Eavesdropping law is struck down by Illinois Supreme Court
An Illinois law that made it a crime to record a conversation without the consent of all the parties has been struck down by the Illinois Supreme Court.
In an opinion (PDF) released today, the court said the statute violates the First Amendment. The court said the statute is too broad, given the legislative purpose of protecting conversational privacy.
“The statute criminalizes the recording of conversations that cannot be deemed private: a loud argument on the street, a political debate on a college quad, yelling fans at an athletic event, or any conversation loud enough that the speakers should expect to be heard by others,” the court said. “None of these examples implicate privacy interests, yet the statute makes it a felony to audio record each one.”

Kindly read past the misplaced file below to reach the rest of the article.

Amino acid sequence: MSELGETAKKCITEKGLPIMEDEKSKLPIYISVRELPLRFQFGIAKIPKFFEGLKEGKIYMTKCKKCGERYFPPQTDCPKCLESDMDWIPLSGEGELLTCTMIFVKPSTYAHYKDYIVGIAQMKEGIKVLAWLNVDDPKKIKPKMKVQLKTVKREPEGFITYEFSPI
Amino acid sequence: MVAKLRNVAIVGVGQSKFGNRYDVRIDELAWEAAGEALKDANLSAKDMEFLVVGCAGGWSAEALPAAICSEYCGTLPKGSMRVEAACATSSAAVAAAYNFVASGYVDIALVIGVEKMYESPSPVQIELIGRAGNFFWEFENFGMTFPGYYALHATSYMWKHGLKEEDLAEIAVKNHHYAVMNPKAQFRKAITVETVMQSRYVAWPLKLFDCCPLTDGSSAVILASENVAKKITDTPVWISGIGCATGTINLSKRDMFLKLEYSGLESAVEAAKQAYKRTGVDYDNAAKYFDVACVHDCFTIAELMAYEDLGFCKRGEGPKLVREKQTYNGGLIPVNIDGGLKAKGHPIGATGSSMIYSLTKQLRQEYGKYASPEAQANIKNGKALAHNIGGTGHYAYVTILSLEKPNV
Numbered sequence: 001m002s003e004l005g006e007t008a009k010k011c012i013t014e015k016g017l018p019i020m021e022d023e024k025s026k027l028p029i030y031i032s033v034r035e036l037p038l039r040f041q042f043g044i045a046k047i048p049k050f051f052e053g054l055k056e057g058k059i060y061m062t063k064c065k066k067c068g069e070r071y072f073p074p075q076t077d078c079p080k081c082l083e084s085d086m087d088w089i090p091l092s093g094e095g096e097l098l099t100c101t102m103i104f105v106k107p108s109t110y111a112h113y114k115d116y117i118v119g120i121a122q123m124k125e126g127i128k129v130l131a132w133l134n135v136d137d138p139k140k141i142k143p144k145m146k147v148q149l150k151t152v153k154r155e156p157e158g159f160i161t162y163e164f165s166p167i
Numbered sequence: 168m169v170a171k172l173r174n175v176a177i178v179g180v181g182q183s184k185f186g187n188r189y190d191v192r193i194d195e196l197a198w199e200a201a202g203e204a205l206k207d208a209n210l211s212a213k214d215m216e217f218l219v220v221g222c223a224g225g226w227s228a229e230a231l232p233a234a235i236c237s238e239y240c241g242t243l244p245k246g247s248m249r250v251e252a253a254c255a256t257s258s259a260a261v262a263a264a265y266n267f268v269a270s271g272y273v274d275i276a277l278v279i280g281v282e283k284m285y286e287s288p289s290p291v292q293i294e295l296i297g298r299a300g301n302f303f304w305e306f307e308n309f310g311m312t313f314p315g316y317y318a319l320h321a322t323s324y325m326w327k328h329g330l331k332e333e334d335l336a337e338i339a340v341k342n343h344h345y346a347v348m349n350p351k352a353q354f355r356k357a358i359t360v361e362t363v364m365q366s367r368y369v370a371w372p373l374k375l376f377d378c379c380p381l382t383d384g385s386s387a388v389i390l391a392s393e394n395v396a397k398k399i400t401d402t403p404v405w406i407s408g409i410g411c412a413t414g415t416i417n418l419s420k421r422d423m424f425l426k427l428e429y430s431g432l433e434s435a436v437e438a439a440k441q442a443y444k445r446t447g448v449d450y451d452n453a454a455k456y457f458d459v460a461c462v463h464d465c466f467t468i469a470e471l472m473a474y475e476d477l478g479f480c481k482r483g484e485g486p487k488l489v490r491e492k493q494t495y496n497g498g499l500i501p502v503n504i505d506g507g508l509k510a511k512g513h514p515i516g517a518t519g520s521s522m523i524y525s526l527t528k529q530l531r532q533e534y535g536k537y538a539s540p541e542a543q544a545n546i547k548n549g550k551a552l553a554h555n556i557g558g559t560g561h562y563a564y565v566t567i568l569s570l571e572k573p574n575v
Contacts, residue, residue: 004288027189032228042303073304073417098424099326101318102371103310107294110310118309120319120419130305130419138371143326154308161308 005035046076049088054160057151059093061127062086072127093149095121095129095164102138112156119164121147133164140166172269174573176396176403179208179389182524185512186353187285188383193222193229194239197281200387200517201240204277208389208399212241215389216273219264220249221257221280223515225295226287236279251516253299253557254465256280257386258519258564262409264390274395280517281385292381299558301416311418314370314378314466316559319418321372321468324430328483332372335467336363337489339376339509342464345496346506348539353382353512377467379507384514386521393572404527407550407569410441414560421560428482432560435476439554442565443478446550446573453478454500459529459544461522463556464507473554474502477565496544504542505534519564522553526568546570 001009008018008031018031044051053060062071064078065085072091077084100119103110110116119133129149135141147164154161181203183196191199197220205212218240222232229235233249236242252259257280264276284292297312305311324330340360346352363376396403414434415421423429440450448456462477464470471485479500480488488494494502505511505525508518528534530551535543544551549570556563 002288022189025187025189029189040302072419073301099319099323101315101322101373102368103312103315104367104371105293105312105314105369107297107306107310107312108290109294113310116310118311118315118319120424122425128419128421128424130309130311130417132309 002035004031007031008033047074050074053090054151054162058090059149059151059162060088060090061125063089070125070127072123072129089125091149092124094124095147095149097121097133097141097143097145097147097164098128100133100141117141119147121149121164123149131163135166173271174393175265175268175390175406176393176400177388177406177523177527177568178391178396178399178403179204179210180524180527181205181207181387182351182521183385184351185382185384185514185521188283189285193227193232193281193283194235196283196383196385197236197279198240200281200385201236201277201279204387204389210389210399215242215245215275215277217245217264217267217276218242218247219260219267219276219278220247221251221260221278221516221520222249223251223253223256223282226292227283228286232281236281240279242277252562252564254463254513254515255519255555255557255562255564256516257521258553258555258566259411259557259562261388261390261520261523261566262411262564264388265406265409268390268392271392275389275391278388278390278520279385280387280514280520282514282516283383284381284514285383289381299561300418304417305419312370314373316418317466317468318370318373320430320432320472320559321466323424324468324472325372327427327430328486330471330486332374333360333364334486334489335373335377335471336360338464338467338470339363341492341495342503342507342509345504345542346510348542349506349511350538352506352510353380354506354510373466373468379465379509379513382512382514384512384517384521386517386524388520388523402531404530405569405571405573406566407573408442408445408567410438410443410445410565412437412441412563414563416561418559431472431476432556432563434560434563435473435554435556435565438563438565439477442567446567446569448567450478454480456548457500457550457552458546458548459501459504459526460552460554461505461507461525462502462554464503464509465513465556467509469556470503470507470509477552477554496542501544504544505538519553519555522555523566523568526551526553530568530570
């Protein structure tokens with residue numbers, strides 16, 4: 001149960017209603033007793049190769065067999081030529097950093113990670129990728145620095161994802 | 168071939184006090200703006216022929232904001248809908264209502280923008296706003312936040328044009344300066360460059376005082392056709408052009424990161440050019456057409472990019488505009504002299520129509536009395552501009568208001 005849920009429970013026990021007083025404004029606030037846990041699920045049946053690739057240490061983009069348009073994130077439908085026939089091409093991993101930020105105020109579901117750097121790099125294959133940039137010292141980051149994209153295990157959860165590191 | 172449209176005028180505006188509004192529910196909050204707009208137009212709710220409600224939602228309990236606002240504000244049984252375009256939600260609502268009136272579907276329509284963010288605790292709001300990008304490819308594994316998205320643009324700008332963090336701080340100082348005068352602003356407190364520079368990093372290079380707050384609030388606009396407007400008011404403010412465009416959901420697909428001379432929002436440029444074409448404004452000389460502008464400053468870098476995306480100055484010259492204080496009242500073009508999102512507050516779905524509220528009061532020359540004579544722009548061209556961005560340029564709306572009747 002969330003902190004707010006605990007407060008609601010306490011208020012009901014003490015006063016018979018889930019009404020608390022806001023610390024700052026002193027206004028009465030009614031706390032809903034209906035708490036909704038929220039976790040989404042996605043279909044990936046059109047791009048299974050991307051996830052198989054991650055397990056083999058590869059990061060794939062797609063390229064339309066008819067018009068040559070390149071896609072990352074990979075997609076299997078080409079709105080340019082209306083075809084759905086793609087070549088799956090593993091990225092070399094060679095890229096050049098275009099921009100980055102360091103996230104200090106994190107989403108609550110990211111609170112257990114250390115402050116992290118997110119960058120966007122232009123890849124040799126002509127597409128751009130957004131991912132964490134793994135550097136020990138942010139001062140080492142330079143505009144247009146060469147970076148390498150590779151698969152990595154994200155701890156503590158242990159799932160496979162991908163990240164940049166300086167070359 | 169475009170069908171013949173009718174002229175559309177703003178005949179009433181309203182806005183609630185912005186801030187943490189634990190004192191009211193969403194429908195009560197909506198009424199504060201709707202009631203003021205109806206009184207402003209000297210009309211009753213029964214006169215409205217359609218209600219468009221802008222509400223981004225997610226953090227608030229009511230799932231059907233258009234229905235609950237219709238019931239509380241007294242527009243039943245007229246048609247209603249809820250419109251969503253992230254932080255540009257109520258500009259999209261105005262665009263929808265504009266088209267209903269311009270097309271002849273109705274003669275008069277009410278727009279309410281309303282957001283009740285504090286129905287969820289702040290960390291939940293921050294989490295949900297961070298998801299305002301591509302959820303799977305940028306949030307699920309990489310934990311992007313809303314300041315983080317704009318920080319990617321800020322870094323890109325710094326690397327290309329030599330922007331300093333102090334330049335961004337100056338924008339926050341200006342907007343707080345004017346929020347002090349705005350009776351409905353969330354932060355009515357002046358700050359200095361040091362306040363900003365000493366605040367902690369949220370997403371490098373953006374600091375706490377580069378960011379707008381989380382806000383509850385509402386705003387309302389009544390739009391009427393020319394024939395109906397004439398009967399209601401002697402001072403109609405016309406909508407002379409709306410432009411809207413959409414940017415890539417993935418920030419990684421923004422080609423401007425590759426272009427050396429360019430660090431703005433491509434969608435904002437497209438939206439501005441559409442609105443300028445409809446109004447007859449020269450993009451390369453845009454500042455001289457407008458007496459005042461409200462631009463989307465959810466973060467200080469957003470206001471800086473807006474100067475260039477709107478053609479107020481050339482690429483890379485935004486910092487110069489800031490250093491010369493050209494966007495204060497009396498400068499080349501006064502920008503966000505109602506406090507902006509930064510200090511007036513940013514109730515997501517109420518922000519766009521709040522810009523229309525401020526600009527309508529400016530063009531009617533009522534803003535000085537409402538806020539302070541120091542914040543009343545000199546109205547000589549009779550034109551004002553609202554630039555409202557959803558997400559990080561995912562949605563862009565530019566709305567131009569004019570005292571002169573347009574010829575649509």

The court also found fault with the statute because it failed to distinguish between open and surreptitious recording of conversations held in private.
The court also struck down a separate provision of the statute that criminalizes the publication of any recording made on a cellphone or other such device, regardless of consent.
The challenge was filed by Annabel Melongo, who was charged under the statute for recording telephone conversations with a court-reporter supervisor and posting the audio to her website. Melongo spent 20 months in jail because she could not make bail, the Chicago Tribune reports.
Melongo had spoken with the supervisor in an attempt to correct a transcript in a separate case against Melongo.
The Illinois ruling comes two years after the Chicago-based 7th U.S. Circuit Court of Appeals said the law was likely unconstitutional as applied to a plan to record police officers performing their duties in public.